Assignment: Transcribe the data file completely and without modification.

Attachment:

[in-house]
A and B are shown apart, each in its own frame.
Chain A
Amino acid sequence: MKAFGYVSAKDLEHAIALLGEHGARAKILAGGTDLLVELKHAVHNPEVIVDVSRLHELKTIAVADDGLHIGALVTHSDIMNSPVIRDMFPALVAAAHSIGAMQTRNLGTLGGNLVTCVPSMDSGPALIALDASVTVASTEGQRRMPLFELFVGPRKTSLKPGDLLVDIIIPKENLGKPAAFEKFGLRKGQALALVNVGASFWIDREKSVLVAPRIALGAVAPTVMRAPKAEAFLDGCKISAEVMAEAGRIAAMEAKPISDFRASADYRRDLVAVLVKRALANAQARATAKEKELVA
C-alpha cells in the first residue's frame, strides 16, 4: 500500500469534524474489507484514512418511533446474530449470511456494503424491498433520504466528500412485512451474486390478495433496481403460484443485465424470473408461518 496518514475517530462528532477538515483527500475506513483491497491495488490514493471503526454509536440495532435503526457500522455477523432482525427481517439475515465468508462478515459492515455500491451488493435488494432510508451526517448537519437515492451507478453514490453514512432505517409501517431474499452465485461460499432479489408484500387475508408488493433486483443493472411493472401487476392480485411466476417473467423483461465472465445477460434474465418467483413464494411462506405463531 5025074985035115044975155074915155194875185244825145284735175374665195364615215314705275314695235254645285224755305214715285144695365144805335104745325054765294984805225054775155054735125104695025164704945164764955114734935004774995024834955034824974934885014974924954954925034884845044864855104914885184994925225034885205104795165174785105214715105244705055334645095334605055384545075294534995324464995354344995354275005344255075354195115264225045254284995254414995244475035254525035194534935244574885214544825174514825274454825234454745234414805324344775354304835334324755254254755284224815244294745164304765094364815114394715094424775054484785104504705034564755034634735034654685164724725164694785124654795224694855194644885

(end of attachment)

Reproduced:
[in-house]
A and B are shown apart, each in its own frame.
Chain A
Amino acid sequence: MKAFGYVSAKDLEHAIALLGEHGARAKILAGGTDLLVELKHAVHNPEVIVDVSRLHELKTIAVADDGLHIGALVTHSDIMNSPVIRDMFPALVAAAHSIGAMQTRNLGTLGGNLVTCVPSMDSGPALIALDASVTVASTEGQRRMPLFELFVGPRKTSLKPGDLLVDIIIPKENLGKPAAFEKFGLRKGQALALVNVGASFWIDREKSVLVAPRIALGAVAPTVMRAPKAEAFLDGCKISAEVMAEAGRIAAMEAKPISDFRASADYRRDLVAVLVKRALANAQARATAKEKELVA
C-alpha cells in the first residue's frame, strides 16, 4: 500500500469534524474489507484514512418511533446474530449470511456494503424491498433520504466528500412485512451474486390478495433496481403460484443485465424470473408461518 496518514475517530462528532477538515483527500475506513483491497491495488490514493471503526454509536440495532435503526457500522455477523432482525427481517439475515465468508462478515459492515455500491451488493435488494432510508451526517448537519437515492451507478453514490453514512432505517409501517431474499452465485461460499432479489408484500387475508408488493433486483443493472411493472401487476392480485411466476417473467423483461465472465445477460434474465418467483413464494411462506405463531 5025074985035115044975155074915155194875185244825145284735175374665195364615215314705275314695235254645285224755305214715285144695365144805335104745325054765294984805225054775155054735125104695025164704945164764955114734935004774995024834955034824974934885014974924954954925034884845044864855104914885184994925225034885205104795165174785105214715105244705055334645095334605055384545075294534995324464995354344995354275005344255075354195115264225045254284995254414995244475035254525035194534935244574885214544825174514825274454825234454745234414805324344775354304835334324755254254755284224815244294745164304765094364815114394715094424775054484785104504705034564755034634735034654685164724725164694785124654795224694855194644885